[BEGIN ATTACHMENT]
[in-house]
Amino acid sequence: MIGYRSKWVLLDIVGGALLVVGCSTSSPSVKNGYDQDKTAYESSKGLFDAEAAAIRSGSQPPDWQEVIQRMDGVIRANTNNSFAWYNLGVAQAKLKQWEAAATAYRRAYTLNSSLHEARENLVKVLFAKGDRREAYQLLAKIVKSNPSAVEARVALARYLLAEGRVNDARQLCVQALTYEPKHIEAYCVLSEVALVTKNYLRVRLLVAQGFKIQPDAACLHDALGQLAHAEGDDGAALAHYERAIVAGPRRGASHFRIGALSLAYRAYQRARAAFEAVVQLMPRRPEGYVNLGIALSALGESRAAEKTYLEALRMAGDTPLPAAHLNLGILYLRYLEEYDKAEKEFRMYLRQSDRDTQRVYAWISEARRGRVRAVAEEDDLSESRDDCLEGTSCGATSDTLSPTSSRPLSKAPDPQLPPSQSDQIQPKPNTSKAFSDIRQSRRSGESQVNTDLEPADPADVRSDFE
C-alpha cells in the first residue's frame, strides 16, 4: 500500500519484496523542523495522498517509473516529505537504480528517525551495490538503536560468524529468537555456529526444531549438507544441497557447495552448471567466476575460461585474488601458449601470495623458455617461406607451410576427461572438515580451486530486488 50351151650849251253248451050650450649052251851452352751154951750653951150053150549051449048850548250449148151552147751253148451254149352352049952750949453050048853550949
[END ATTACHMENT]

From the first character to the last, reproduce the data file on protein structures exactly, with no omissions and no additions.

[in-house]
Amino acid sequence: MIGYRSKWVLLDIVGGALLVVGCSTSSPSVKNGYDQDKTAYESSKGLFDAEAAAIRSGSQPPDWQEVIQRMDGVIRANTNNSFAWYNLGVAQAKLKQWEAAATAYRRAYTLNSSLHEARENLVKVLFAKGDRREAYQLLAKIVKSNPSAVEARVALARYLLAEGRVNDARQLCVQALTYEPKHIEAYCVLSEVALVTKNYLRVRLLVAQGFKIQPDAACLHDALGQLAHAEGDDGAALAHYERAIVAGPRRGASHFRIGALSLAYRAYQRARAAFEAVVQLMPRRPEGYVNLGIALSALGESRAAEKTYLEALRMAGDTPLPAAHLNLGILYLRYLEEYDKAEKEFRMYLRQSDRDTQRVYAWISEARRGRVRAVAEEDDLSESRDDCLEGTSCGATSDTLSPTSSRPLSKAPDPQLPPSQSDQIQPKPNTSKAFSDIRQSRRSGESQVNTDLEPADPADVRSDFE
C-alpha cells in the first residue's frame, strides 16, 4: 500500500519484496523542523495522498517509473516529505537504480528517525551495490538503536560468524529468537555456529526444531549438507544441497557447495552448471567466476575460461585474488601458449601470495623458455617461406607451410576427461572438515580451486530486488 50351151650849251253248451050650450649052251851452352751154951750653951150053150549051449048850548250449148151552147751253148451254149352352049952750949453050048853550949